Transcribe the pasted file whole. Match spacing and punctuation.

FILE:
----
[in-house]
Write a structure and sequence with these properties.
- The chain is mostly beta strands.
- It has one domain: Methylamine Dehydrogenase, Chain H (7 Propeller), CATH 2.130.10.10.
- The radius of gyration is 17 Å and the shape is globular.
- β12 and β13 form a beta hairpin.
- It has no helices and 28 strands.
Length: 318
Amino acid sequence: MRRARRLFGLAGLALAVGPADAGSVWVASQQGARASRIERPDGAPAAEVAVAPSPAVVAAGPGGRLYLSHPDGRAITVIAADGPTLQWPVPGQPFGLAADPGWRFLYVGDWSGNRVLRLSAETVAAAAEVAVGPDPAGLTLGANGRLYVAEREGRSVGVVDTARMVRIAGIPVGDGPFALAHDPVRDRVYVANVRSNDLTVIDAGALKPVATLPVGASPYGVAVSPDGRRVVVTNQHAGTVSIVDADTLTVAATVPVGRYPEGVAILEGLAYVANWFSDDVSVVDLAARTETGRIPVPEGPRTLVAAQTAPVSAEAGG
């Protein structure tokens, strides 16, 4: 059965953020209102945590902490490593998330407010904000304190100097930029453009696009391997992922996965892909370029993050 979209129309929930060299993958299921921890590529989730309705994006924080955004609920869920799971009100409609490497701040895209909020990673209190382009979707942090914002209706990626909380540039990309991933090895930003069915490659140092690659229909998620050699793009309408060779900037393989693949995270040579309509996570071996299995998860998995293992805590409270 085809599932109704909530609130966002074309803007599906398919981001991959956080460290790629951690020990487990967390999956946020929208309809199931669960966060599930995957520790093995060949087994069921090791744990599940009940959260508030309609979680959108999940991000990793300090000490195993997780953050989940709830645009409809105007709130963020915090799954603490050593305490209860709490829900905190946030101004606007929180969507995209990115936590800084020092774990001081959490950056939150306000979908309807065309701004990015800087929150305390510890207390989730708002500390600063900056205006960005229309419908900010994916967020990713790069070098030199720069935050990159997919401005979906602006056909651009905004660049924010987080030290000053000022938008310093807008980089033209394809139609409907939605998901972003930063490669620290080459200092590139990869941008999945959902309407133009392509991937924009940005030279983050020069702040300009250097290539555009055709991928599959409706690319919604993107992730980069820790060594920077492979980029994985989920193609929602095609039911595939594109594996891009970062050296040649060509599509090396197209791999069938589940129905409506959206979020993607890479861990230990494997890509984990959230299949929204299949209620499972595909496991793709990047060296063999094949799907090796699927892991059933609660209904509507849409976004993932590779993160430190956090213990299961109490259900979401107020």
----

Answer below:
[in-house]
Write a structure and sequence with these properties.
- The chain is mostly beta strands.
- It has one domain: Methylamine Dehydrogenase, Chain H (7 Propeller), CATH 2.130.10.10.
- The radius of gyration is 17 Å and the shape is globular.
- β12 and β13 form a beta hairpin.
- It has no helices and 28 strands.
Length: 318
Amino acid sequence: MRRARRLFGLAGLALAVGPADAGSVWVASQQGARASRIERPDGAPAAEVAVAPSPAVVAAGPGGRLYLSHPDGRAITVIAADGPTLQWPVPGQPFGLAADPGWRFLYVGDWSGNRVLRLSAETVAAAAEVAVGPDPAGLTLGANGRLYVAEREGRSVGVVDTARMVRIAGIPVGDGPFALAHDPVRDRVYVANVRSNDLTVIDAGALKPVATLPVGASPYGVAVSPDGRRVVVTNQHAGTVSIVDADTLTVAATVPVGRYPEGVAILEGLAYVANWFSDDVSVVDLAARTETGRIPVPEGPRTLVAAQTAPVSAEAGG
């Protein structure tokens, strides 16, 4: 059965953020209102945590902490490593998330407010904000304190100097930029453009696009391997992922996965892909370029993050 979209129309929930060299993958299921921890590529989730309705994006924080955004609920869920799971009100409609490497701040895209909020990673209190382009979707942090914002209706990626909380540039990309991933090895930003069915490659140092690659229909998620050699793009309408060779900037393989693949995270040579309509996570071996299995998860998995293992805590409270 085809599932109704909530609130966002074309803007599906398919981001991959956080460290790629951690020990487990967390999956946020929208309809199931669960966060599930995957520790093995060949087994069921090791744990599940009940959260508030309609979680959108999940991000990793300090000490195993997780953050989940709830645009409809105007709130963020915090799954603490050593305490209860709490829900905190946030101004606007929180969507995209990115936590800084020092774990001081959490950056939150306000979908309807065309701004990015800087929150305390510890207390989730708002500390600063900056205006960005229309419908900010994916967020990713790069070098030199720069935050990159997919401005979906602006056909651009905004660049924010987080030290000053000022938008310093807008980089033209394809139609409907939605998901972003930063490669620290080459200092590139990869941008999945959902309407133009392509991937924009940005030279983050020069702040300009250097290539555009055709991928599959409706690319919604993107992730980069820790060594920077492979980029994985989920193609929602095609039911595939594109594996891009970062050296040649060509599509090396197209791999069938589940129905409506959206979020993607890479861990230990494997890509984990959230299949929204299949209620499972595909496991793709990047060296063999094949799907090796699927892991059933609660209904509507849409976004993932590779993160430190956090213990299961109490259900979401107020």